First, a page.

Updated on January 22, 2017
Finding a Home in Sweden
During my very first Skype interview with the principals of IES, they informed me how difficult finding accommodation in Sweden is. As we began preparing for our move from Tennessee, JoEllen and I did lots of research on the the housing situation in Sweden and were constantly reminded how difficult it can be to find a place to live. We knew that finding a home would be one of our largest areas of stress once we moved. Because of this we decided to rent an AirBNB for the first few weeks of our stay. However, as our “vacation” time in Stockholm came to an end and JoEllen began working, it was time for me to begin looking for a permanent home.
My research on the matter plus a few conversations led me to believe that Blocket.se was the best place to start. Blocket.se is basically the Swedish version of Craigslist, people post things they want to buy/sell/rent and see who bites. Though the site is all in Swedish, Google Chrome did a good enough job translating so that I could understand most of what I read. So one day while JoEllen was working, I began to scan the listings of homes for rent and email the owners of homes that interested me. Though not being able to communicate in Swedish gave me a slight disadvantage, I was lucky that almost everyone who lives in Stockholm is fluent in English.
After spending the afternoon sending emails to dozens of renters, JoEllen and I sat back to wait for the responses to roll in. Who wouldn’t want us living in their home?? By the end of the evening almost no one had replied to my emails and the people who did only quickly informed me that they already found suitable renters. So the next day I changed my approach slightly and cast a much bigger net. I broadened my search area and price range and started sending emails as soon as new listings popped up on the site. I wanted to be the first email they read after posting their home. By the end of the day I must have sent over 60 inquiries. The number of responses offering to show us their home? Only three.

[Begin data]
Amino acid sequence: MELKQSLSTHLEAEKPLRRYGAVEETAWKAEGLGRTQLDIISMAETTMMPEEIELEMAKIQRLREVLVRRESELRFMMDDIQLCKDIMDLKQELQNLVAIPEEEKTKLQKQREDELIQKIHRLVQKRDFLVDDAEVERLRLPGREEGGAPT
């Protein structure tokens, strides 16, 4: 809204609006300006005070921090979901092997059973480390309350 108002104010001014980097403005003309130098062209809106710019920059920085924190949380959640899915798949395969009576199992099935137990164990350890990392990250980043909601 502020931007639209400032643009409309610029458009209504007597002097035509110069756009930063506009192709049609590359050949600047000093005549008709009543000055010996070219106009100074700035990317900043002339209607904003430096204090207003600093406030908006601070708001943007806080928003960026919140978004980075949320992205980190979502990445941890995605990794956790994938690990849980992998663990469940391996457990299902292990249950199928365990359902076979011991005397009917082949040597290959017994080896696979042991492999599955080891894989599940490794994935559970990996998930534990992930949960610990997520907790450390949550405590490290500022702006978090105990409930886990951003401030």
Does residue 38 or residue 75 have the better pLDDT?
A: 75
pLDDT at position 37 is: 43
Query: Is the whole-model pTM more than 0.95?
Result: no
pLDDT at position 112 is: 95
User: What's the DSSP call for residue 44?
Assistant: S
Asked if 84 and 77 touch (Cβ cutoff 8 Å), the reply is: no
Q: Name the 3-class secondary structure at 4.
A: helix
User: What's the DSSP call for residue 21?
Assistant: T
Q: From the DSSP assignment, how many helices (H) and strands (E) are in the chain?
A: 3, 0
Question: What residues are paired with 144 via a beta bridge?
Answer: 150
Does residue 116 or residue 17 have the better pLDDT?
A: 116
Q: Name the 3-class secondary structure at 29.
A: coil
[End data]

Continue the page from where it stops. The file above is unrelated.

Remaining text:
The first location was in a very residential area outside of the city. Though it was affordable, near my school, and a decent size, JoEllen understandably was not feeling the area. She had the foresight to think about working from home during a Swedish winter with no central city life around her to make her feel connected to the world. We thanked the renters for their time and made our way into Stockholm Central for our next showing. The first thing we noticed was that the location of this flat was the opposite of the last. It was a 10 minute walk from central station and there were shops, bars, and restaurants everywhere.
The owner of the flat was a nice guy named Felix who is a few years younger than us and moving to the US for school. He showed us around the flat and we knew immediately that we wanted this apartment. Though it was small and slightly out of our price range, it was everything we were looking for. The location was great, the commute to my school was doable, and my favorite thing about the home was the view from the window that overlooks Rådhuset and Policehuset (town hall and the police station). These are beautiful buildings, and it is surreal to look out a bedroom window and see them.
The apartment was fully furnished, which is good because JoEllen and I left most of our belongings in Tennessee. The only two things Felix said he did not have were a coffee pot and a TV: coincidentally, the only two household appliances we had with us (we bought a coffee pot and JoEllen’s parents gave us a TV projector). Felix replied us that our situation “fit like a hand in a glove.” We agreed and told him we would like to move in to his home.
We went over the next evening to meet the homeowners association board members and sign the paperwork, which took over three hours. Afterwards, we were handed our new keys toasted with some champagne that Felix purchased for the occasion. Felix then gave us a tour of our new neighborhood. By the end of the evening I told JoEllen that it felt like we had made our first Swedish friend, and it was too bad he was moving away.